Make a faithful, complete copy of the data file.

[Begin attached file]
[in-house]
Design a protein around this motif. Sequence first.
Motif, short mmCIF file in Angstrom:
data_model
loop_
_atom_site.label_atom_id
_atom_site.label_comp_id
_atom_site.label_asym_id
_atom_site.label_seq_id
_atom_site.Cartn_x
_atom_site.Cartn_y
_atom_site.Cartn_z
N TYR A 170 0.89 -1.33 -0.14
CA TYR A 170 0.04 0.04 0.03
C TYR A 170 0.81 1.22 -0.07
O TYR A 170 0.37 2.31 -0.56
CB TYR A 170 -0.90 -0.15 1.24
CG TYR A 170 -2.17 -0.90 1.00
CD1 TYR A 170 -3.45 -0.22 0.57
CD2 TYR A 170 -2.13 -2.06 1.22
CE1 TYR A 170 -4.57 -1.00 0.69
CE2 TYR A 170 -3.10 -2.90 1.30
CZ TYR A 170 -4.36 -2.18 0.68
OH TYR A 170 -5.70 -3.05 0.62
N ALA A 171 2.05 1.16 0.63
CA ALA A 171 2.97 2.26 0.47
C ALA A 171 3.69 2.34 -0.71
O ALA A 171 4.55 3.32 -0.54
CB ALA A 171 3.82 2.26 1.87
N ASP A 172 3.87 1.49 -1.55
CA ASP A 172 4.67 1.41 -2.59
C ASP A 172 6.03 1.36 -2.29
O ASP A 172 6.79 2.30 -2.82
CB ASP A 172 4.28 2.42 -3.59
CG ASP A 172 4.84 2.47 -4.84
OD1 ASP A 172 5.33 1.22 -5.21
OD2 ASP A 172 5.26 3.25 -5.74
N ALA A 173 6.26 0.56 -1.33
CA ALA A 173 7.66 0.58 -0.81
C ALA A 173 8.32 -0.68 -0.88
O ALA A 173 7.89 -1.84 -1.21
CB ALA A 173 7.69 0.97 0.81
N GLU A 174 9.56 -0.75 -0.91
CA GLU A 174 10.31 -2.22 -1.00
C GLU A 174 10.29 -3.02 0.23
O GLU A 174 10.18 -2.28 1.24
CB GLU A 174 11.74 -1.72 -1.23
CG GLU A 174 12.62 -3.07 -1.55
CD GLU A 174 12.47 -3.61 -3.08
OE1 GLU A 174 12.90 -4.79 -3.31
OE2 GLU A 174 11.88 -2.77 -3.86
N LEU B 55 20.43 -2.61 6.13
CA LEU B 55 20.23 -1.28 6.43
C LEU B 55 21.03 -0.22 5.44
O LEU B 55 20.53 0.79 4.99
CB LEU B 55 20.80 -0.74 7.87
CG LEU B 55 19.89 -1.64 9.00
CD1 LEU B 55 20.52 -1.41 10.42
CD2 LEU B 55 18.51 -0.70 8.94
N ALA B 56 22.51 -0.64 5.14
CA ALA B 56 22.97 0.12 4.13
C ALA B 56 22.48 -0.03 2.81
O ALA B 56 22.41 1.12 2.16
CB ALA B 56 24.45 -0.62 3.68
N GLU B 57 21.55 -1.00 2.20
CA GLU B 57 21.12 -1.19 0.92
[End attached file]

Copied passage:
[in-house]
Design a protein around this motif. Sequence first.
Motif, short mmCIF file in Angstrom:
data_model
loop_
_atom_site.label_atom_id
_atom_site.label_comp_id
_atom_site.label_asym_id
_atom_site.label_seq_id
_atom_site.Cartn_x
_atom_site.Cartn_y
_atom_site.Cartn_z
N TYR A 170 0.89 -1.33 -0.14
CA TYR A 170 0.04 0.04 0.03
C TYR A 170 0.81 1.22 -0.07
O TYR A 170 0.37 2.31 -0.56
CB TYR A 170 -0.90 -0.15 1.24
CG TYR A 170 -2.17 -0.90 1.00
CD1 TYR A 170 -3.45 -0.22 0.57
CD2 TYR A 170 -2.13 -2.06 1.22
CE1 TYR A 170 -4.57 -1.00 0.69
CE2 TYR A 170 -3.10 -2.90 1.30
CZ TYR A 170 -4.36 -2.18 0.68
OH TYR A 170 -5.70 -3.05 0.62
N ALA A 171 2.05 1.16 0.63
CA ALA A 171 2.97 2.26 0.47
C ALA A 171 3.69 2.34 -0.71
O ALA A 171 4.55 3.32 -0.54
CB ALA A 171 3.82 2.26 1.87
N ASP A 172 3.87 1.49 -1.55
CA ASP A 172 4.67 1.41 -2.59
C ASP A 172 6.03 1.36 -2.29
O ASP A 172 6.79 2.30 -2.82
CB ASP A 172 4.28 2.42 -3.59
CG ASP A 172 4.84 2.47 -4.84
OD1 ASP A 172 5.33 1.22 -5.21
OD2 ASP A 172 5.26 3.25 -5.74
N ALA A 173 6.26 0.56 -1.33
CA ALA A 173 7.66 0.58 -0.81
C ALA A 173 8.32 -0.68 -0.88
O ALA A 173 7.89 -1.84 -1.21
CB ALA A 173 7.69 0.97 0.81
N GLU A 174 9.56 -0.75 -0.91
CA GLU A 174 10.31 -2.22 -1.00
C GLU A 174 10.29 -3.02 0.23
O GLU A 174 10.18 -2.28 1.24
CB GLU A 174 11.74 -1.72 -1.23
CG GLU A 174 12.62 -3.07 -1.55
CD GLU A 174 12.47 -3.61 -3.08
OE1 GLU A 174 12.90 -4.79 -3.31
OE2 GLU A 174 11.88 -2.77 -3.86
N LEU B 55 20.43 -2.61 6.13
CA LEU B 55 20.23 -1.28 6.43
C LEU B 55 21.03 -0.22 5.44
O LEU B 55 20.53 0.79 4.99
CB LEU B 55 20.80 -0.74 7.87
CG LEU B 55 19.89 -1.64 9.00
CD1 LEU B 55 20.52 -1.41 10.42
CD2 LEU B 55 18.51 -0.70 8.94
N ALA B 56 22.51 -0.64 5.14
CA ALA B 56 22.97 0.12 4.13
C ALA B 56 22.48 -0.03 2.81
O ALA B 56 22.41 1.12 2.16
CB ALA B 56 24.45 -0.62 3.68
N GLU B 57 21.55 -1.00 2.20
CA GLU B 57 21.12 -1.19 0.92